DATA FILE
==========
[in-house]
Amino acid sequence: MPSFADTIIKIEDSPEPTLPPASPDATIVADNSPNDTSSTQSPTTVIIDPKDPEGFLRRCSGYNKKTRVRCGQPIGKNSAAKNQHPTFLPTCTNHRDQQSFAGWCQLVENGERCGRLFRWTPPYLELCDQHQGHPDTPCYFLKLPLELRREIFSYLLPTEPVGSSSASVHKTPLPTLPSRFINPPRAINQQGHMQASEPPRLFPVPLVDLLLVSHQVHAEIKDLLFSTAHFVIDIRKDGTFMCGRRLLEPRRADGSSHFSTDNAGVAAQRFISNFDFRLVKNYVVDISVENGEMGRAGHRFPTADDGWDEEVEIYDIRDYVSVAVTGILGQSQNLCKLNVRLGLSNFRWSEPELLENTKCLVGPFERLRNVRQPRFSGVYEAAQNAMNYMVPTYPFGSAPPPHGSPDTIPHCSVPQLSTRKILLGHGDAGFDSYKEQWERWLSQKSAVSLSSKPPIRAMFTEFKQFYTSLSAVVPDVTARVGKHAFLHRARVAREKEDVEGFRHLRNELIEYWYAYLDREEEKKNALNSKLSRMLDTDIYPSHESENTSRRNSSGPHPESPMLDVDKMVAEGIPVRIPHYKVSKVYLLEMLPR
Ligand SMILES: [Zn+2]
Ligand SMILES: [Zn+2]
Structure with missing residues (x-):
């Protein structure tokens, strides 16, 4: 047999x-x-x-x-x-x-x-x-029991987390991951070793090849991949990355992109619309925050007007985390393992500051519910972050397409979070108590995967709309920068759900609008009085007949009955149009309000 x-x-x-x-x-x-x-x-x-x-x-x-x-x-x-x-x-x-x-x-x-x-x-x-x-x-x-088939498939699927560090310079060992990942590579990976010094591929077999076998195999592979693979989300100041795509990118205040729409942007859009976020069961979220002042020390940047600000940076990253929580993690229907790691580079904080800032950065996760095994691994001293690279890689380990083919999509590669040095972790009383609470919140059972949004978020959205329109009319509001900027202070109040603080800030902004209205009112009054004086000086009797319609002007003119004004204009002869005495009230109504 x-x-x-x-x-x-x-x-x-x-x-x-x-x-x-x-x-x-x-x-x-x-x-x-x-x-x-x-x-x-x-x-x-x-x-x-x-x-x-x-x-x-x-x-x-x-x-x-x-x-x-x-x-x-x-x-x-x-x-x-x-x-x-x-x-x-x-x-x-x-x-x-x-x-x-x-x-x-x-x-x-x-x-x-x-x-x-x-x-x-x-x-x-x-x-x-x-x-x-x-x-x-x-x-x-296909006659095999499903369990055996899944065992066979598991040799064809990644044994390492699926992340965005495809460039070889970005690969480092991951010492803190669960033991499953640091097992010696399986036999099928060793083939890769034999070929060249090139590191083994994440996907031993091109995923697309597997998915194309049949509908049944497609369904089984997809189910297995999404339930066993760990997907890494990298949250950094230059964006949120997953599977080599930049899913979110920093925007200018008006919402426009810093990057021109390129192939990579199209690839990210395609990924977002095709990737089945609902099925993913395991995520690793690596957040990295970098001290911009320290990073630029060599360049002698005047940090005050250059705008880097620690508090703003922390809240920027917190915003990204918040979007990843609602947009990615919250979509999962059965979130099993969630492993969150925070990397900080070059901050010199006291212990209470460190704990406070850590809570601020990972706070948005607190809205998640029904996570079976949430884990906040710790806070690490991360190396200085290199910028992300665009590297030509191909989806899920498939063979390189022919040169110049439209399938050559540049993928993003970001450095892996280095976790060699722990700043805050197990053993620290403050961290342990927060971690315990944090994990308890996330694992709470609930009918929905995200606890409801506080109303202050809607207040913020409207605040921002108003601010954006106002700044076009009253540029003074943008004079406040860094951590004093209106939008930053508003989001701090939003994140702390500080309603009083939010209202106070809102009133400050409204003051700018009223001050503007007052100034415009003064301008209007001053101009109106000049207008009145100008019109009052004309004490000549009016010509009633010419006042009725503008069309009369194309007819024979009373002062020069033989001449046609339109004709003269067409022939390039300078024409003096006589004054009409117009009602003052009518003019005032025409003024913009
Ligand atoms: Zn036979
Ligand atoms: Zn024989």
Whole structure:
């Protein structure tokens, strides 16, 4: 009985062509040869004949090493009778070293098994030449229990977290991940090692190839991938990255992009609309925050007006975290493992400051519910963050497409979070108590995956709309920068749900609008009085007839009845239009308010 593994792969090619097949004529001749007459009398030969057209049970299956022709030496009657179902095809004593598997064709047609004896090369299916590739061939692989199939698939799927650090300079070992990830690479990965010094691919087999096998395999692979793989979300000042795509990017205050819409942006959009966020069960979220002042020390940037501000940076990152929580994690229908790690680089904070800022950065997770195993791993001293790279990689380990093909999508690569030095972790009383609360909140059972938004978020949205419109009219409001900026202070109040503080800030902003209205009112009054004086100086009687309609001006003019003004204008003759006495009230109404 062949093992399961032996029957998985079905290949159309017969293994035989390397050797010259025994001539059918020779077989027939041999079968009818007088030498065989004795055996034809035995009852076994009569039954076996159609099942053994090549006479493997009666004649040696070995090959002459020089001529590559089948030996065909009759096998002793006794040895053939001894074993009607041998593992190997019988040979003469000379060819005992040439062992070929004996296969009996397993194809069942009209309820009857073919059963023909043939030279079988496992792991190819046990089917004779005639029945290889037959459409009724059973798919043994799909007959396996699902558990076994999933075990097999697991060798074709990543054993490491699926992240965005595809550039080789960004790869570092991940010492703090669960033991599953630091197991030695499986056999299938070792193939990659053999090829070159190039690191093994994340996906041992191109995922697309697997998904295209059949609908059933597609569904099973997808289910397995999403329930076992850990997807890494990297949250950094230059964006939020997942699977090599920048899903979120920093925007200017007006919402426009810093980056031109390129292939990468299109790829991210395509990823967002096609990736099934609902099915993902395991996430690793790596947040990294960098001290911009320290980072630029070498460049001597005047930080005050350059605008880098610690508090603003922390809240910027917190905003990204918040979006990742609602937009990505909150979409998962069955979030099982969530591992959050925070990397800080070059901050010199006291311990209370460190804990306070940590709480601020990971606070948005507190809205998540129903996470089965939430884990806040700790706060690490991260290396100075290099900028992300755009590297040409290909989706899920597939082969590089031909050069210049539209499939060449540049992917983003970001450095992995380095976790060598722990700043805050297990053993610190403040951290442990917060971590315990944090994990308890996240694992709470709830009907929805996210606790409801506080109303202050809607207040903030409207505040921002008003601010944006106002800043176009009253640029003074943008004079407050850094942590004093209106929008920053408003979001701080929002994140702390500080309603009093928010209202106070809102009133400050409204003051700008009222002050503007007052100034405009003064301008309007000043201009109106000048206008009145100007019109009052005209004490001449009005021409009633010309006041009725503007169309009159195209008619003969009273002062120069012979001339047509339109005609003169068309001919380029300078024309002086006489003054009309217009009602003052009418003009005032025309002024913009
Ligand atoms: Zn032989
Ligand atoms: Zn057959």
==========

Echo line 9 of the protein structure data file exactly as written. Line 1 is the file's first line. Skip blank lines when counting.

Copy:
Whole structure: